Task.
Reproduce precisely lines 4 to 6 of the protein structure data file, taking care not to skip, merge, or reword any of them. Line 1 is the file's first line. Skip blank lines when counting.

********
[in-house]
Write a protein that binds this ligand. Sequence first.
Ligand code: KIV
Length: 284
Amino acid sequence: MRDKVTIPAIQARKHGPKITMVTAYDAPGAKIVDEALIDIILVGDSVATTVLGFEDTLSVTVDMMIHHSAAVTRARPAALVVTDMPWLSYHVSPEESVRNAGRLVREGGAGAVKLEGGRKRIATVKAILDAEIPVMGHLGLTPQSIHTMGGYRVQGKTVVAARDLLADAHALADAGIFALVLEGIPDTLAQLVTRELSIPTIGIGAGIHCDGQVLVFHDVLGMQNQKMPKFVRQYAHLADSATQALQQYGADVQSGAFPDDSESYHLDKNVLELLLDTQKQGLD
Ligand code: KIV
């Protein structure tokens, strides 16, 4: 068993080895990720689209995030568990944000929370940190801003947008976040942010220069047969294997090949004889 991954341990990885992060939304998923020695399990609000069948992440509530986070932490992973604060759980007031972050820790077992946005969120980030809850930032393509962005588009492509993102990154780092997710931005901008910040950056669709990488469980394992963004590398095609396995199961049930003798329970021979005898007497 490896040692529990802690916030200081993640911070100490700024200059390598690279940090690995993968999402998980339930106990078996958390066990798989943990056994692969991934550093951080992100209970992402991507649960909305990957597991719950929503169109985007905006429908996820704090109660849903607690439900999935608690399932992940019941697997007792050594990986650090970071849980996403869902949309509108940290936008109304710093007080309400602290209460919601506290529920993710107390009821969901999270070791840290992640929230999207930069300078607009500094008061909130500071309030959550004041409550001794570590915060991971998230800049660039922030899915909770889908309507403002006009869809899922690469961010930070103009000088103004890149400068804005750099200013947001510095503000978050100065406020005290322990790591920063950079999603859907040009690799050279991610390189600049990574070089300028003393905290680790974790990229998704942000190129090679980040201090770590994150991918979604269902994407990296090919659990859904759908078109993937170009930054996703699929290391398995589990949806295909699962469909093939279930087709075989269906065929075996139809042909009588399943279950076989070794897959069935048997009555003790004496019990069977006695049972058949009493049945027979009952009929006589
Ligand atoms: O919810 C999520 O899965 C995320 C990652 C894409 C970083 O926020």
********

Length: 284
Amino acid sequence: MRDKVTIPAIQARKHGPKITMVTAYDAPGAKIVDEALIDIILVGDSVATTVLGFEDTLSVTVDMMIHHSAAVTRARPAALVVTDMPWLSYHVSPEESVRNAGRLVREGGAGAVKLEGGRKRIATVKAILDAEIPVMGHLGLTPQSIHTMGGYRVQGKTVVAARDLLADAHALADAGIFALVLEGIPDTLAQLVTRELSIPTIGIGAGIHCDGQVLVFHDVLGMQNQKMPKFVRQYAHLADSATQALQQYGADVQSGAFPDDSESYHLDKNVLELLLDTQKQGLD
Ligand code: KIV